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Transcript 17990

Transcript of interview with Geoff Hutchinson, ABC Perth

Photo of Gillard, Julia

Gillard, Julia

Period of Service: 24/06/2010 to 27/06/2013

More information about Gillard, Julia on The National Archive website.

Release Date: 12/07/2011

Release Type: Interview

Transcript ID: 17990

HOST: Prime Minister Good morning.

PM: Good morning

HOST: Beyond your determination to wear out shoe leather, what do you have to do to counter bad polls and an impression many people have stopped listening to you?

PM: What I've got to do is keep explaining the reason that we're putting a price on carbon pollution. I'm determined that we make this change so our nation can have a clean energy future and yes, it requires explanation and I will keep doing that.

But at the centre of all of this is really a fairly clear concept, around 500 big polluters, today can put carbon pollution into the atmosphere for nothing, but there is no incentive to stop putting it into the atmosphere. There is no incentive to reduce the amount that is going into the atmosphere. It is all done for free.

From 1 July next year they will pay a price per tonne. That will drive a change in behaviour where businesses look for cleaner energy sources and they look to reduce their carbon pollution. That's what I want to achieve for our country's future.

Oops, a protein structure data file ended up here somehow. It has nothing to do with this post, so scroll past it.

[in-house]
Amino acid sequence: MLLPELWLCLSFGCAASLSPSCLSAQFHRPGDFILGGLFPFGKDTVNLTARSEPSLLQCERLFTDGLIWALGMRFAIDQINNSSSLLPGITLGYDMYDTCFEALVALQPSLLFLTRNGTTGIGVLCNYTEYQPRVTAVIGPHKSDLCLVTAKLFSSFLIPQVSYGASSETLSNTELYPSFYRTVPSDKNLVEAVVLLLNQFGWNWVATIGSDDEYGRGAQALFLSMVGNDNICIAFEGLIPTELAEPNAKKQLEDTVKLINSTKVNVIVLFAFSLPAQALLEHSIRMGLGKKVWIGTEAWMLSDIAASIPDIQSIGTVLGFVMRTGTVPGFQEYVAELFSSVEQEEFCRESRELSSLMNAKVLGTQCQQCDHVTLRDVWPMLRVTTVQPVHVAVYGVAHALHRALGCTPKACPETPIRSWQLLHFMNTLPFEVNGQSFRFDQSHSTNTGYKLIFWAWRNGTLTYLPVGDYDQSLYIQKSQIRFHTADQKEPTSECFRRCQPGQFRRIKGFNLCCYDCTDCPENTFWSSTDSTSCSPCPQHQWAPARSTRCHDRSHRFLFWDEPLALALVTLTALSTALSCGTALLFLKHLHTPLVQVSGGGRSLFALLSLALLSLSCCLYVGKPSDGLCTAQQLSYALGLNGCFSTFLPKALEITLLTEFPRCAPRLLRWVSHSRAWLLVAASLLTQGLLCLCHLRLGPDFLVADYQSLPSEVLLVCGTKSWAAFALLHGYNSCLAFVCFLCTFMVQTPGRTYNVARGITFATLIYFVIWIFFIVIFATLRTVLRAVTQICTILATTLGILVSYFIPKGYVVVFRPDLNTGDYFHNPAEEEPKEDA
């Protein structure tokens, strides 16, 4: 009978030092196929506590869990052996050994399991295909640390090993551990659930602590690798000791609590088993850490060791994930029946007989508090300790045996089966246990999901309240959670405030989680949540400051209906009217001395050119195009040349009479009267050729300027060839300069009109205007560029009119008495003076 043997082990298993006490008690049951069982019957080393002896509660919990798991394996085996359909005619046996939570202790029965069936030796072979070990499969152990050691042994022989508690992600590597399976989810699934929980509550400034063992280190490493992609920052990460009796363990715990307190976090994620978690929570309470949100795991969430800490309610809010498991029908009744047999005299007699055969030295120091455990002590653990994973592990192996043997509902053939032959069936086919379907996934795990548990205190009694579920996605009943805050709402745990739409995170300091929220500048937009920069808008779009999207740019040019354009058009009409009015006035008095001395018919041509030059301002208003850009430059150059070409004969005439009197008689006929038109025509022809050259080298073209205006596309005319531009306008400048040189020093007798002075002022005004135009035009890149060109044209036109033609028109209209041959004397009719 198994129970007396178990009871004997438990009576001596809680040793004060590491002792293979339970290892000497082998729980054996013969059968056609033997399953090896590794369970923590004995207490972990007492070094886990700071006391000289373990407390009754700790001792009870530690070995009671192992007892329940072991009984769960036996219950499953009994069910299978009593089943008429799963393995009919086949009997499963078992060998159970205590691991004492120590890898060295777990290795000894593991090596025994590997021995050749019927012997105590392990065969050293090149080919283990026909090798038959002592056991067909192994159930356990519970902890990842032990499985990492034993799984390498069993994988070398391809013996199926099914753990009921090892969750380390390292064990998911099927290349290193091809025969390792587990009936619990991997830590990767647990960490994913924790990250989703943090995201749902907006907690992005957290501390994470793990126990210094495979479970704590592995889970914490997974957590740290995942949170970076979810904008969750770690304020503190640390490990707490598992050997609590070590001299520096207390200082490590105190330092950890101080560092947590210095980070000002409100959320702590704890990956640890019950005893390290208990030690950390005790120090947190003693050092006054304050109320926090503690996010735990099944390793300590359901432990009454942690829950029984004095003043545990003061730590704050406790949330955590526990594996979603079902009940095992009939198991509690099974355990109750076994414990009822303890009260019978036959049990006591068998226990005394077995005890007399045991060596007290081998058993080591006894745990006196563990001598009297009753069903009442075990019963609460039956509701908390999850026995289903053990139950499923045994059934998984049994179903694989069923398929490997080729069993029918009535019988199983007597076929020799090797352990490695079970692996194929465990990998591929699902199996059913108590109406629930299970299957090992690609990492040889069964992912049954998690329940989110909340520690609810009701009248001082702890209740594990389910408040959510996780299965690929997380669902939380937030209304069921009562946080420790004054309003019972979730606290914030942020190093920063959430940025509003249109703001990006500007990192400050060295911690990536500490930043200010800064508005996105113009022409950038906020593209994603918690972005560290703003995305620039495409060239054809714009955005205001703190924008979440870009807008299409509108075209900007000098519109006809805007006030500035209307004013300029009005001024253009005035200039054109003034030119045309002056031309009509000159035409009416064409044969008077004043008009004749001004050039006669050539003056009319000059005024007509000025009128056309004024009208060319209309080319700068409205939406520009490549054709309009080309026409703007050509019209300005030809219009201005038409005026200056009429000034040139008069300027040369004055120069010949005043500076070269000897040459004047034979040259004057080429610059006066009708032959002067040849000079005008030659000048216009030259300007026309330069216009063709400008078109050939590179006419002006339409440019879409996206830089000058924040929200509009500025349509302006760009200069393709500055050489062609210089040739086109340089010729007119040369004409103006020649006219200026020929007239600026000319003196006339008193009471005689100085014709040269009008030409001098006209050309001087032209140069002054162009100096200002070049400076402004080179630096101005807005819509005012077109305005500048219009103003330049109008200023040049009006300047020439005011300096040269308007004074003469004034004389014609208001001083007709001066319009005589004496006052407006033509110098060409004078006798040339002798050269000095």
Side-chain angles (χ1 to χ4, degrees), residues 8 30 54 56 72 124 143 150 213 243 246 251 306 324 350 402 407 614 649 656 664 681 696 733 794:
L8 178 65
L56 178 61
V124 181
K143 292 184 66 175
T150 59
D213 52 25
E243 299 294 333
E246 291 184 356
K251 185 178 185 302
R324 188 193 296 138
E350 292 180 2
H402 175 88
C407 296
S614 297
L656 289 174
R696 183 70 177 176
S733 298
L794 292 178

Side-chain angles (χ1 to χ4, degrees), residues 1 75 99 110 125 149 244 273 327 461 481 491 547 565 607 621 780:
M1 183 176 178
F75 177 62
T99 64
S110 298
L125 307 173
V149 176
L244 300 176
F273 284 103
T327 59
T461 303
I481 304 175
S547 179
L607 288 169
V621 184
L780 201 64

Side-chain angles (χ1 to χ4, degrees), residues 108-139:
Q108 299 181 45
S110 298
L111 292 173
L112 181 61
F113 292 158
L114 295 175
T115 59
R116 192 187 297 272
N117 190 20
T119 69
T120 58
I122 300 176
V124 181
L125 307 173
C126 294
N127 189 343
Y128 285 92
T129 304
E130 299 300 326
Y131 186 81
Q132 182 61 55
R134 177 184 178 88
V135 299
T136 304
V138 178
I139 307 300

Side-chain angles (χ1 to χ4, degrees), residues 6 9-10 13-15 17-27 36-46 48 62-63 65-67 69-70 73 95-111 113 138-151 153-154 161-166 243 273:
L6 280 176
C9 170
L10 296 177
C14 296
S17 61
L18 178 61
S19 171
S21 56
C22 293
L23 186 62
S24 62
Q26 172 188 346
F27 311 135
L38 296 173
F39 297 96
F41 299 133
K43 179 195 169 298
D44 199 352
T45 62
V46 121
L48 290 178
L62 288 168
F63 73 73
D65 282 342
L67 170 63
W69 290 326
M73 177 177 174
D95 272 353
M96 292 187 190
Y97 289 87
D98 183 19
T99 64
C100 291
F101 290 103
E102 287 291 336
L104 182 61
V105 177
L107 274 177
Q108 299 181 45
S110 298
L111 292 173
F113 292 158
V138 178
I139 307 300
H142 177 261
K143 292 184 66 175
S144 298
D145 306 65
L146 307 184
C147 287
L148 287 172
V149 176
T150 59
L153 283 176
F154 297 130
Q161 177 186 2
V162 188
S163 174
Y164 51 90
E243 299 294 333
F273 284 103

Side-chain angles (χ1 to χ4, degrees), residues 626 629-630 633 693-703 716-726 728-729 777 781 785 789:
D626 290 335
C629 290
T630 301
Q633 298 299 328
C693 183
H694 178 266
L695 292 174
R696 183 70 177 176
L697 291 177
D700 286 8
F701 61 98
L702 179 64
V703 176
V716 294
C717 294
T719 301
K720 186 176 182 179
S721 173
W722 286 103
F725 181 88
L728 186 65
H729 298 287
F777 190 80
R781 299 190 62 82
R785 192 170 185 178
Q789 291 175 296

HOST: You are saying to the rest of Australia, you're seeking to reassure us that we will be suitably compensated for things like electricity prices rises; but already airlines have said they will be passing on costs to passengers. Builders have said the home and land package is now potentially $5000 more expensive. The Food and Grocery Council is saying that bills could rise by three times your estimate and the new Commodore could rise by several hundred dollars. Isn't that twenty cents of saving and of advantage going to disappear very quickly?

PM: We've modelled here, through our experts at Treasury. I expect you'll see all sorts of claims in the public domain, of course you will. But, what we've done is we've had the experts at Treasury look at this and work out what will happen in terms of costs being passed through to Australians who buy things at the shops, or perhaps, buy an airline ticket. And the same people who have done this modelling are the people who modelled when the GST was introduced and they got the effects of it right.